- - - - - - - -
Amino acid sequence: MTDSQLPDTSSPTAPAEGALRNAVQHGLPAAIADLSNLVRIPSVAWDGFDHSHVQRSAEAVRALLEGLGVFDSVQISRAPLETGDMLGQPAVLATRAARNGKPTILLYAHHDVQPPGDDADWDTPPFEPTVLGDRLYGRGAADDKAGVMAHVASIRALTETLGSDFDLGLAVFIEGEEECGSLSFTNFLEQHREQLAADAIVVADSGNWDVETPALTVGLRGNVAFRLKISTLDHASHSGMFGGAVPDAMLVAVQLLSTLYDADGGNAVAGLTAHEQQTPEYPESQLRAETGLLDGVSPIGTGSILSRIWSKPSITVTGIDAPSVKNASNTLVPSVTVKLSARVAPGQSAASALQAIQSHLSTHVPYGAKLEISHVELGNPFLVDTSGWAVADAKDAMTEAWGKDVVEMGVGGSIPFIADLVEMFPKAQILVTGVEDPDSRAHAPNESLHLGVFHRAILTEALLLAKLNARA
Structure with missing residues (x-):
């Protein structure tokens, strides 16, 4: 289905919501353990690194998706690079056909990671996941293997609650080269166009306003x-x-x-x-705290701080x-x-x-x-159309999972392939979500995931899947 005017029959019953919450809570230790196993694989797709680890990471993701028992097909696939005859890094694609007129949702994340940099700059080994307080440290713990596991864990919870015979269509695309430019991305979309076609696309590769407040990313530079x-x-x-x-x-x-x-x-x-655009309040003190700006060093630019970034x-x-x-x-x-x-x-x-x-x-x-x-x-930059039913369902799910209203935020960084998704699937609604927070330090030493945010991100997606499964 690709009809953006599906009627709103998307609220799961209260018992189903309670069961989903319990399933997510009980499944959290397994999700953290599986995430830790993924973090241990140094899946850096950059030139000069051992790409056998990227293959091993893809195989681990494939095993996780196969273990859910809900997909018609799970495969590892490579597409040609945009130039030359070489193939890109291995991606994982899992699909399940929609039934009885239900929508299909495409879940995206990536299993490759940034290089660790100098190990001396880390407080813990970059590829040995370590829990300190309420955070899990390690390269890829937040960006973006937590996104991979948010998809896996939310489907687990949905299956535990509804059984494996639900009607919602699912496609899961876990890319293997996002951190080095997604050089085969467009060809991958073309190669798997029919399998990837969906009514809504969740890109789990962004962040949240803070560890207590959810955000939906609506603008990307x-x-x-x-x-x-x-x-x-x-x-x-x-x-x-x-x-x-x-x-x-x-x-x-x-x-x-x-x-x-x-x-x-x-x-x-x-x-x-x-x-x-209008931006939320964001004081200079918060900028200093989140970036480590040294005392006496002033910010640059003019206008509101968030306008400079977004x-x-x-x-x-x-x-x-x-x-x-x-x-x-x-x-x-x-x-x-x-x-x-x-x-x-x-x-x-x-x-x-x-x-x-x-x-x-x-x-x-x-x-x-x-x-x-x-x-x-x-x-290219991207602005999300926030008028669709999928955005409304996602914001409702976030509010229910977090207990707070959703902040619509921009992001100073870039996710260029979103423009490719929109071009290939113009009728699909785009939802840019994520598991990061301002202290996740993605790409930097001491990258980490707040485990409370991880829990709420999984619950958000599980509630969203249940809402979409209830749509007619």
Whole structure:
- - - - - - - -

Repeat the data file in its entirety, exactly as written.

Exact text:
Amino acid sequence: MTDSQLPDTSSPTAPAEGALRNAVQHGLPAAIADLSNLVRIPSVAWDGFDHSHVQRSAEAVRALLEGLGVFDSVQISRAPLETGDMLGQPAVLATRAARNGKPTILLYAHHDVQPPGDDADWDTPPFEPTVLGDRLYGRGAADDKAGVMAHVASIRALTETLGSDFDLGLAVFIEGEEECGSLSFTNFLEQHREQLAADAIVVADSGNWDVETPALTVGLRGNVAFRLKISTLDHASHSGMFGGAVPDAMLVAVQLLSTLYDADGGNAVAGLTAHEQQTPEYPESQLRAETGLLDGVSPIGTGSILSRIWSKPSITVTGIDAPSVKNASNTLVPSVTVKLSARVAPGQSAASALQAIQSHLSTHVPYGAKLEISHVELGNPFLVDTSGWAVADAKDAMTEAWGKDVVEMGVGGSIPFIADLVEMFPKAQILVTGVEDPDSRAHAPNESLHLGVFHRAILTEALLLAKLNARA
Structure with missing residues (x-):
């Protein structure tokens, strides 16, 4: 289905919501353990690194998706690079056909990671996941293997609650080269166009306003x-x-x-x-705290701080x-x-x-x-159309999972392939979500995931899947 005017029959019953919450809570230790196993694989797709680890990471993701028992097909696939005859890094694609007129949702994340940099700059080994307080440290713990596991864990919870015979269509695309430019991305979309076609696309590769407040990313530079x-x-x-x-x-x-x-x-x-655009309040003190700006060093630019970034x-x-x-x-x-x-x-x-x-x-x-x-x-930059039913369902799910209203935020960084998704699937609604927070330090030493945010991100997606499964 690709009809953006599906009627709103998307609220799961209260018992189903309670069961989903319990399933997510009980499944959290397994999700953290599986995430830790993924973090241990140094899946850096950059030139000069051992790409056998990227293959091993893809195989681990494939095993996780196969273990859910809900997909018609799970495969590892490579597409040609945009130039030359070489193939890109291995991606994982899992699909399940929609039934009885239900929508299909495409879940995206990536299993490759940034290089660790100098190990001396880390407080813990970059590829040995370590829990300190309420955070899990390690390269890829937040960006973006937590996104991979948010998809896996939310489907687990949905299956535990509804059984494996639900009607919602699912496609899961876990890319293997996002951190080095997604050089085969467009060809991958073309190669798997029919399998990837969906009514809504969740890109789990962004962040949240803070560890207590959810955000939906609506603008990307x-x-x-x-x-x-x-x-x-x-x-x-x-x-x-x-x-x-x-x-x-x-x-x-x-x-x-x-x-x-x-x-x-x-x-x-x-x-x-x-x-x-209008931006939320964001004081200079918060900028200093989140970036480590040294005392006496002033910010640059003019206008509101968030306008400079977004x-x-x-x-x-x-x-x-x-x-x-x-x-x-x-x-x-x-x-x-x-x-x-x-x-x-x-x-x-x-x-x-x-x-x-x-x-x-x-x-x-x-x-x-x-x-x-x-x-x-x-x-290219991207602005999300926030008028669709999928955005409304996602914001409702976030509010229910977090207990707070959703902040619509921009992001100073870039996710260029979103423009490719929109071009290939113009009728699909785009939802840019994520598991990061301002202290996740993605790409930097001491990258980490707040485990409370991880829990709420999984619950958000599980509630969203249940809402979409209830749509007619």
Whole structure: